NewsResearchers warn: 'Never take a negative result as a...

Researchers warn: 'Never take a negative result as a free pass'

Researchers warn against interpreting negative rapid test results as a free ticket. A study shows that hardly any test detects the omicron variant.

Munich – Many common Corona* rapid tests often do not detect an omicron infection. Researchers led by the Munich virologist Oliver Keppler from the Ludwig-Maximilians-Universität examined the performance of nine commercially available rapid antigen tests for detecting an infection with the omicron or the delta variant – and draw a sobering conclusion: Eight of the Paul Tests already tested by the Ehrlich Institute for earlier variants of the virus were worse at detecting omicron infection than delta infection, the study found, which was published in the journal Medical Microbiology and Immunology.

Researcher warns: Take precautionary measures even if the rapid test result is negative

“You should never take a negative result as a free ticket,” warned Keppler, who had already drawn attention to the topic in BR. * Especially in the omicron wave, precautionary measures such as keeping your distance and wearing masks are important to protect others and yourself protect. American researchers have examined the extent to which an infection protects against the virus. * Testing people without symptoms creates a false sense of security, especially in the current wave, Keppler warned. “In my view, asymptomatic testing with self-tests makes little sense,” said Keppler. However, it makes sense to test with good antigen rapid tests in addition to limiting contacts in the event of symptoms. Then the viral load is usually higher; Tests are more likely to work.

The experts demand: provide a list of reliable rapid tests

Like the Federal Minister of Health, Keppler is demanding that a short list of tests that are well suited for detecting omicrons be published quickly – after all, there are now 580 rapid tests on the market. “The one-eyed blind tests for the detection of omicron must now be quickly identified and published by the Paul Ehrlich Institute.” About ten readily available tests would be sufficient for this.

Between the end of October 2021 and the third week of January this year, the scientists examined 166 corona cases that had been characterized by means of PCR and sequencing, of which 101 were omicron infections and 65 were delta infections. Eight of the nine tests examined were listed by the Federal Institute for Drugs and Medical Devices as CE-marked antigen tests and also met the required minimum criteria, at least based on manufacturer information.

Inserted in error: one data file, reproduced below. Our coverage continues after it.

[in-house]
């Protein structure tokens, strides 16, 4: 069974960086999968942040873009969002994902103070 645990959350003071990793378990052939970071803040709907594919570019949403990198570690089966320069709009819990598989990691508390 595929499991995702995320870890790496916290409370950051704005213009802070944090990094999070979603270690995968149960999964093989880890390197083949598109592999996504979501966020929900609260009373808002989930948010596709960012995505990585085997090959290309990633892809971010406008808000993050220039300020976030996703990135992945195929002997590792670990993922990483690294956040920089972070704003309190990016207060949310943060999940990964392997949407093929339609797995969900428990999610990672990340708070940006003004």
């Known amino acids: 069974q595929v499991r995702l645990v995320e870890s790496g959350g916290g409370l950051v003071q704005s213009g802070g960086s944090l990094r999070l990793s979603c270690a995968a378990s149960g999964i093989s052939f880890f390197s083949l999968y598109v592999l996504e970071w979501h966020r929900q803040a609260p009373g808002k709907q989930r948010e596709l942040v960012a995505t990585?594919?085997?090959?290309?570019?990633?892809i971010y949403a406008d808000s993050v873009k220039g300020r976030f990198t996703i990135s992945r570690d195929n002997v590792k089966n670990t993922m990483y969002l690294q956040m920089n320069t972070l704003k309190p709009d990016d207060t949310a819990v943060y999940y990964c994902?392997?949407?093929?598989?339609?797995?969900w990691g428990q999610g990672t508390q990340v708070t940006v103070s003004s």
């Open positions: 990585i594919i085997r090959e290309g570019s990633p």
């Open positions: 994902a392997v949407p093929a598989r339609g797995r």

Pros and cons: No false positive rapid tests, but low test sensitivity

The first tests showed a positive partial result: at least there were no false positive test results, said Keppler. For this purpose, 115 swabs with a negative PCR test were examined. However, there were problems with the sensitivity of the test: with a very high omicron viral load (with a Ct value of less than 25), the rapid tests only worked in 31 to around 78 percent of the swab samples. With a medium viral load (with Ct values between 25 and 30), the hit rate for omicron infections was only zero to a good eight percent. Almost all tests detected more than 70 percent of delta infections when the viral load was very high. With a medium viral load, however, the hit rate was only 0 to 28 percent.

Influence on rapid test result: High viral load necessary for Omicron

In order to achieve a 95 percent detection probability, the viral load in a smear with Omicron had to be up to a hundred times higher than with Delta in some of the tests examined. “Overall, there is enormous heterogeneity in the rapid antigen tests for detecting omicrons,” said Keppler. “On the one hand, this must be clearly communicated and, on the other hand, a list of useful tests must be published quickly.” And which vaccine offers the best protection? (dpa) * and are offered by IPPEN.MEDIA.

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